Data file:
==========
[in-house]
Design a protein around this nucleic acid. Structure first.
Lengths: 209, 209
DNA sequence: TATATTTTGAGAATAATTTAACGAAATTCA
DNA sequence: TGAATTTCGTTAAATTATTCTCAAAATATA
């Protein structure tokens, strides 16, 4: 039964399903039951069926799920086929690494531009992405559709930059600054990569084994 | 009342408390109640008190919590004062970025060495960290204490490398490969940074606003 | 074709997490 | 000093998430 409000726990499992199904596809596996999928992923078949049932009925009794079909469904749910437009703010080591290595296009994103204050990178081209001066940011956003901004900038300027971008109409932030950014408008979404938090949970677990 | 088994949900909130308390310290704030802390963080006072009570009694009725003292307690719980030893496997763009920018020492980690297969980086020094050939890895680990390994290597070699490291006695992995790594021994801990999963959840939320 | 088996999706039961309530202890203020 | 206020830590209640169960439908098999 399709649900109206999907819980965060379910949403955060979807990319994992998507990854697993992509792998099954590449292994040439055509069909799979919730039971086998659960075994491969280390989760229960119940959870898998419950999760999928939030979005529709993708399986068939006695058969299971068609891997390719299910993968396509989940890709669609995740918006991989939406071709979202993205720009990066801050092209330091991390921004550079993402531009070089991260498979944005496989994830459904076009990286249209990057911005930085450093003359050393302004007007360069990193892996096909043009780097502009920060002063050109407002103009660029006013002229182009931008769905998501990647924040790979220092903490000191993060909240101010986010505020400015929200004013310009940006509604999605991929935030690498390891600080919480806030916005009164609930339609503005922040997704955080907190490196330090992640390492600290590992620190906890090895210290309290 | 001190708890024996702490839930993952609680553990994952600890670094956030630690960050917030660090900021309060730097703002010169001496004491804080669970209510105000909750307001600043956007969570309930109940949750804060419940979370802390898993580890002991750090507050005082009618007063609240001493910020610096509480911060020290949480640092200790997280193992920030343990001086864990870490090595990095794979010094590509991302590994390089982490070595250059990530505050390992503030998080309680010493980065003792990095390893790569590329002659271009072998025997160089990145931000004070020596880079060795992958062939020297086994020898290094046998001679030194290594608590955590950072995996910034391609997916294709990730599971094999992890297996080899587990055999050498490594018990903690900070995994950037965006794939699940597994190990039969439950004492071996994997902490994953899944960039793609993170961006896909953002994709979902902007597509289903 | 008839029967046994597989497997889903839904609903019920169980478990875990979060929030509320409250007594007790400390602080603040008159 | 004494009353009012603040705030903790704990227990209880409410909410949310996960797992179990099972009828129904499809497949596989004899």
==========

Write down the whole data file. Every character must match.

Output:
[in-house]
Design a protein around this nucleic acid. Structure first.
Lengths: 209, 209
DNA sequence: TATATTTTGAGAATAATTTAACGAAATTCA
DNA sequence: TGAATTTCGTTAAATTATTCTCAAAATATA
């Protein structure tokens, strides 16, 4: 039964399903039951069926799920086929690494531009992405559709930059600054990569084994 | 009342408390109640008190919590004062970025060495960290204490490398490969940074606003 | 074709997490 | 000093998430 409000726990499992199904596809596996999928992923078949049932009925009794079909469904749910437009703010080591290595296009994103204050990178081209001066940011956003901004900038300027971008109409932030950014408008979404938090949970677990 | 088994949900909130308390310290704030802390963080006072009570009694009725003292307690719980030893496997763009920018020492980690297969980086020094050939890895680990390994290597070699490291006695992995790594021994801990999963959840939320 | 088996999706039961309530202890203020 | 206020830590209640169960439908098999 399709649900109206999907819980965060379910949403955060979807990319994992998507990854697993992509792998099954590449292994040439055509069909799979919730039971086998659960075994491969280390989760229960119940959870898998419950999760999928939030979005529709993708399986068939006695058969299971068609891997390719299910993968396509989940890709669609995740918006991989939406071709979202993205720009990066801050092209330091991390921004550079993402531009070089991260498979944005496989994830459904076009990286249209990057911005930085450093003359050393302004007007360069990193892996096909043009780097502009920060002063050109407002103009660029006013002229182009931008769905998501990647924040790979220092903490000191993060909240101010986010505020400015929200004013310009940006509604999605991929935030690498390891600080919480806030916005009164609930339609503005922040997704955080907190490196330090992640390492600290590992620190906890090895210290309290 | 001190708890024996702490839930993952609680553990994952600890670094956030630690960050917030660090900021309060730097703002010169001496004491804080669970209510105000909750307001600043956007969570309930109940949750804060419940979370802390898993580890002991750090507050005082009618007063609240001493910020610096509480911060020290949480640092200790997280193992920030343990001086864990870490090595990095794979010094590509991302590994390089982490070595250059990530505050390992503030998080309680010493980065003792990095390893790569590329002659271009072998025997160089990145931000004070020596880079060795992958062939020297086994020898290094046998001679030194290594608590955590950072995996910034391609997916294709990730599971094999992890297996080899587990055999050498490594018990903690900070995994950037965006794939699940597994190990039969439950004492071996994997902490994953899944960039793609993170961006896909953002994709979902902007597509289903 | 008839029967046994597989497997889903839904609903019920169980478990875990979060929030509320409250007594007790400390602080603040008159 | 004494009353009012603040705030903790704990227990209880409410909410949310996960797992179990099972009828129904499809497949596989004899």